Sanddrift fumes over giant church

Six cement-mixer trucks parked in Ocean Spirit Avenue, Sanddrift

Construction on a three-storey Planetshakers church has started in Sanddrift East, but residents say it will be too big and noisy for their neighbourhood.

As a construction crane placed concrete blocks on the site, last Tuesday, angry residents met up in Howard Davis Road where they complained that the development would cause traffic congestion, drop property values, intrude on privacy, block the afternoon sun and make a wind tunnel for the south-easter.

Anthony Bragg moved to the area in 2000. He says Sunday is the only day he gets to rest, but the church plans to have at least seven services with 30-minute breaks between them and the noise will disturb the quiet neighbourhood.

“It’s going to be horrendous with that noise in this area, and our peace is going to be interrupted.”

Six cement-mixer trucks had blocked traffic and caused a stir in the neighbourhood when they had parked along Ocean Spirit Avenue on Sunday, September 12, he said.

Mr Bragg wants the church to agree to hold only one service, like other churches in the community.

Fellow resident Johnathon Newman agrees with him. “There are other churches in the area that are within keeping of the area. This is not a church,” he said.

The church runs from a business park in Edison Way, Century City, but it plans to move to the corner of Ocean Spirit Avenue and Ratanga Road at the end of April next year.

Erla Rabe, who lives next to the building site, said her property would be completely blocked from the afternoon sun. The construction workers were on site anywhere from 6am to 10pm, making a noise, she said.

She worked from home for six days a week and Sunday was her only day off, she said.

“The noise at this church will ruin our lives. I have very good ears, and I will hear everything, whether it is soundproofed or not.”

She sent Tabletalk the emails she sent to the architect and the church to set up a meeting. She claimed the church had not responded and the architect had agreed to have a meeting but had not confirmed when it would happen.

She said the architect had told her there would be only 17 parking bays at the site and the rest of the congregation would have to park at the Sable Square Shopping Centre on the opposite side of Ratanga Road.

Ms Rabe said it was “almost impossible” for a congregation of 700 people to walk nearly 1km from a parking area to the church and cars would inevitably start pulling up in front of residents’ doors and on the pavements.

“We want the church to make a commitment in writing that they will not use our roads for parking or entrance and exits to the church,” she said.

Isipani Construction spokesman Grant Robertson said the workers arrived between 6.30am and 7am, and work started at 7am and finished at around 6pm. When working hours had been extended, residents had been notified ahead of time.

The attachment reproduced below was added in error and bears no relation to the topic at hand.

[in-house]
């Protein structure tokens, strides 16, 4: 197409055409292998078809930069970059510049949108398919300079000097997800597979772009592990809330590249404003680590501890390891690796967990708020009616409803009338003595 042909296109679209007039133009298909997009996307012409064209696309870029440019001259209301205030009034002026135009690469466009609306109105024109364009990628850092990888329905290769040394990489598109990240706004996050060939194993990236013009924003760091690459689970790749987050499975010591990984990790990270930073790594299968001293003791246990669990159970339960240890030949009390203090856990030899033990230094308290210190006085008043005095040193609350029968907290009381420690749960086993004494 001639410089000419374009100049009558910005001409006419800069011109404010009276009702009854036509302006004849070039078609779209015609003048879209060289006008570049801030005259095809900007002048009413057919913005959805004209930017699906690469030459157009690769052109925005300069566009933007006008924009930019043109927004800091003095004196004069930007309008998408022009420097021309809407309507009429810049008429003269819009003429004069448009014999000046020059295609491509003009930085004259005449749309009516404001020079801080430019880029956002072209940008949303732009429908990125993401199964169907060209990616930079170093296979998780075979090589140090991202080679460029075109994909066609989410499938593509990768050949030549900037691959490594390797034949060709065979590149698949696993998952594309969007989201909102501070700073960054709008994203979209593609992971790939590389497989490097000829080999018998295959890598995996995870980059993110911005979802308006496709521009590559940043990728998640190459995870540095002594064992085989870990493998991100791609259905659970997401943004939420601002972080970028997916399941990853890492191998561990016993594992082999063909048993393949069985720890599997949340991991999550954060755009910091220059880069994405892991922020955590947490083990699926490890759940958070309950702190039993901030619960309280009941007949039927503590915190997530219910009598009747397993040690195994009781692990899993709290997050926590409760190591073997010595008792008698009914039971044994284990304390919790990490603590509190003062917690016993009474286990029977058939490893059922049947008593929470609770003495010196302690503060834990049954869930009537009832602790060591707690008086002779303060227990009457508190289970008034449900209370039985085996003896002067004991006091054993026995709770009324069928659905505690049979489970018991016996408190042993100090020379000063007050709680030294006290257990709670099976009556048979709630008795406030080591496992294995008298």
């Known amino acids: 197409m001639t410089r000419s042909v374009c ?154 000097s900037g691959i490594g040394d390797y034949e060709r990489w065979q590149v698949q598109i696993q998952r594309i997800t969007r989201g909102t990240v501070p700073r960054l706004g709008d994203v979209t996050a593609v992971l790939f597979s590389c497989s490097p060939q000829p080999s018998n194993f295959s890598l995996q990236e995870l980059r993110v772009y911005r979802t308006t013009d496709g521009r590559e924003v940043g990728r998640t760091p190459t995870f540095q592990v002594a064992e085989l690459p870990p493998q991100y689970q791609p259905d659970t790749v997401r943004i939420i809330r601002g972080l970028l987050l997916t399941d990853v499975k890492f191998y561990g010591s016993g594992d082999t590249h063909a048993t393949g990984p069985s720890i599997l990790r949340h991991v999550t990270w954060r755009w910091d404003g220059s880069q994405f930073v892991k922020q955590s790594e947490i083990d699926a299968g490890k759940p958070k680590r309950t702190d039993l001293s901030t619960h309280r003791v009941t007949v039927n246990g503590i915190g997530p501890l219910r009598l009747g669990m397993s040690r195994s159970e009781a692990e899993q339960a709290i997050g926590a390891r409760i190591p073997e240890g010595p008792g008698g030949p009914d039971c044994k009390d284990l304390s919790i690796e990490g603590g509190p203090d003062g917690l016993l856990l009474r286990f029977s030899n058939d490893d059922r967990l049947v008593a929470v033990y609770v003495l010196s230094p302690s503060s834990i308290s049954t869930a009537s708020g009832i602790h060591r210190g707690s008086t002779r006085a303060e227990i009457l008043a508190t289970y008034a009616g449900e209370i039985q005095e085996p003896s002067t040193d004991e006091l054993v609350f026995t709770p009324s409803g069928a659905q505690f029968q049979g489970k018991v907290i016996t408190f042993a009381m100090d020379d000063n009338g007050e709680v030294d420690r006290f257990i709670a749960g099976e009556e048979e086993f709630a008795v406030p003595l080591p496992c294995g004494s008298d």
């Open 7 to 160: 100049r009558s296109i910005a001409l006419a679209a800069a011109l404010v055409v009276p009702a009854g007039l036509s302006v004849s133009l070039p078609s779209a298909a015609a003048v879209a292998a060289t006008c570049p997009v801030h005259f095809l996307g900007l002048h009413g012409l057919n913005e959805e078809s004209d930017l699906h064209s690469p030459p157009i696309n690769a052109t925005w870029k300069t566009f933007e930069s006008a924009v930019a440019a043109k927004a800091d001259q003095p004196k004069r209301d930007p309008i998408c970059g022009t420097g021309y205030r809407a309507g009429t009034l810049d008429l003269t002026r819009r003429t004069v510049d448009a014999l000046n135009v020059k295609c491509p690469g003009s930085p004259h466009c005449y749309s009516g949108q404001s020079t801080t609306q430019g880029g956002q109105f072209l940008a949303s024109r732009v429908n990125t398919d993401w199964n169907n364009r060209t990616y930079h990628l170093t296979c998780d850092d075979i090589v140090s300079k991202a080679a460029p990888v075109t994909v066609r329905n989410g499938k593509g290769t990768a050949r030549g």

“We try our very best to work within the guidelines set by regulations,” he said.

The architect, Heinrich Mostert, told Tabletalk that the 17 parking bays were for permanent staff and people with disabilities, and the church had made arrangements for off-site parking. The main entrance and exit would be in Ocean Spirit Avenue with a second exit on Howard Davis Road, the back of the church.

According to Mr Mostert, the church will be 12 meters high, in line with the zoning regulations. It will cover 1833m² on a 2321m² plot. The ground floor will have a lobby; a lift; a storeroom; a 200m² youth-development centre; a daycare centre with three classrooms, covering 300m², with toilet facilities; a covered play area and a refuse room. The first floor will have a 734-seater auditorium with a stage and backstage. There will be mostly offices on the second floor.

A traffic assessment had been done before building plans were submitted to the City, he said.

“The traffic impact assessment does not only look at the specific site but also at the impact on the surrounding road network in relation to the City’s transport plan. This development allows a very limited amount of traffic to and from the site,” he said.

The speakers in the church would face away from neighbouring homes, while the stage and the backstage would have an acoustic buffer, and clay brick would be used to build the church, with acoustic insulation in the roof space. However, he conceded that given the available space it would not be possible to design a 100% soundproof building.

Ward 55 councillor Fabian Ah-Sing said the site had been zoned for religious purposes and community use, inherited rights from when the Dutch Reformed Church had first bought the land in the 1980s.

“The residents did not want a building there, but the property can only be used for religious purposes, and I could not stop the church from being built, he said.

“They (the church) have the right to build there and the processes are being followed,” he said, noting that the City had approved the building plans.

Sable Square China Mall manager Yi Zhang said he had not heard about a church parking lot at the shopping centre.

Neither the church’s pastor, Fabian Jood, nor the City of Cape Town responded to questions by time of publication.